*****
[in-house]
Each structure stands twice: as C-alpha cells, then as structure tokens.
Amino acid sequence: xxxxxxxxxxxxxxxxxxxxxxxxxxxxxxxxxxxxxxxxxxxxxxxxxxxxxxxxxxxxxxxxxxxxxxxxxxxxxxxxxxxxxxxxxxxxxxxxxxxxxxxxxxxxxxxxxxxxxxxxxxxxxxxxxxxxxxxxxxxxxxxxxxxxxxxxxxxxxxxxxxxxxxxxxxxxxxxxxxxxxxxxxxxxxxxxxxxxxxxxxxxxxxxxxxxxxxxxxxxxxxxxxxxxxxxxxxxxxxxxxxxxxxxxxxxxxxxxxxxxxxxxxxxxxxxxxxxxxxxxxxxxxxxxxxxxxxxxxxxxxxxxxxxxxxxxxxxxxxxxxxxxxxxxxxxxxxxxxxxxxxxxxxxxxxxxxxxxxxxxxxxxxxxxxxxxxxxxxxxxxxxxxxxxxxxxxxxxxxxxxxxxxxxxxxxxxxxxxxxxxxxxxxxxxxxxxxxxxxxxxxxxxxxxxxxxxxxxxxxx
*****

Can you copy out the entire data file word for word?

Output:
[in-house]
Each structure stands twice: as C-alpha cells, then as structure tokens.
Amino acid sequence: xxxxxxxxxxxxxxxxxxxxxxxxxxxxxxxxxxxxxxxxxxxxxxxxxxxxxxxxxxxxxxxxxxxxxxxxxxxxxxxxxxxxxxxxxxxxxxxxxxxxxxxxxxxxxxxxxxxxxxxxxxxxxxxxxxxxxxxxxxxxxxxxxxxxxxxxxxxxxxxxxxxxxxxxxxxxxxxxxxxxxxxxxxxxxxxxxxxxxxxxxxxxxxxxxxxxxxxxxxxxxxxxxxxxxxxxxxxxxxxxxxxxxxxxxxxxxxxxxxxxxxxxxxxxxxxxxxxxxxxxxxxxxxxxxxxxxxxxxxxxxxxxxxxxxxxxxxxxxxxxxxxxxxxxxxxxxxxxxxxxxxxxxxxxxxxxxxxxxxxxxxxxxxxxxxxxxxxxxxxxxxxxxxxxxxxxxxxxxxxxxxxxxxxxxxxxxxxxxxxxxxxxxxxxxxxxxxxxxxxxxxxxxxxxxxxxxxxxxxxx